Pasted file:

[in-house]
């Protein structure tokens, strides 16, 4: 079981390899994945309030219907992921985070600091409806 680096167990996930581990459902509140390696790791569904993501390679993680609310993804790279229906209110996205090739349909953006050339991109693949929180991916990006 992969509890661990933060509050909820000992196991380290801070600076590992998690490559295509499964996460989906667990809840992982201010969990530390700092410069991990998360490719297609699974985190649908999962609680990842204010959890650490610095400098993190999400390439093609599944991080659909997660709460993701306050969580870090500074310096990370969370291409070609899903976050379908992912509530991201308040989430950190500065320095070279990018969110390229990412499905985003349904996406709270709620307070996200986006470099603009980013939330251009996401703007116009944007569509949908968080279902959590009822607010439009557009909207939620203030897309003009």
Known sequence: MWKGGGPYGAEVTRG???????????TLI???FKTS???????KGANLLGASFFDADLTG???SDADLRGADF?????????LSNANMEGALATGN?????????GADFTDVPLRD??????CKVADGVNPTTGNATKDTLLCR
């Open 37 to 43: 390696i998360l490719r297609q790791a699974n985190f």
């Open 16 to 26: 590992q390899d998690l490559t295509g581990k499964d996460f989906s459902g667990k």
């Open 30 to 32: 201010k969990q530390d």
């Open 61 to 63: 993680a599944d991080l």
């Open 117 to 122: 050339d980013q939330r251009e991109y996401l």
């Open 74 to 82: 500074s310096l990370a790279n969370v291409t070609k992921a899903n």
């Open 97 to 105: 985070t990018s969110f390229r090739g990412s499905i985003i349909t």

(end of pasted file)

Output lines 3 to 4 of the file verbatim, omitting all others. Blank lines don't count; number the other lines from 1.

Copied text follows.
Known sequence: MWKGGGPYGAEVTRG???????????TLI???FKTS???????KGANLLGASFFDADLTG???SDADLRGADF?????????LSNANMEGALATGN?????????GADFTDVPLRD??????CKVADGVNPTTGNATKDTLLCR
């Open 37 to 43: 390696i998360l490719r297609q790791a699974n985190f």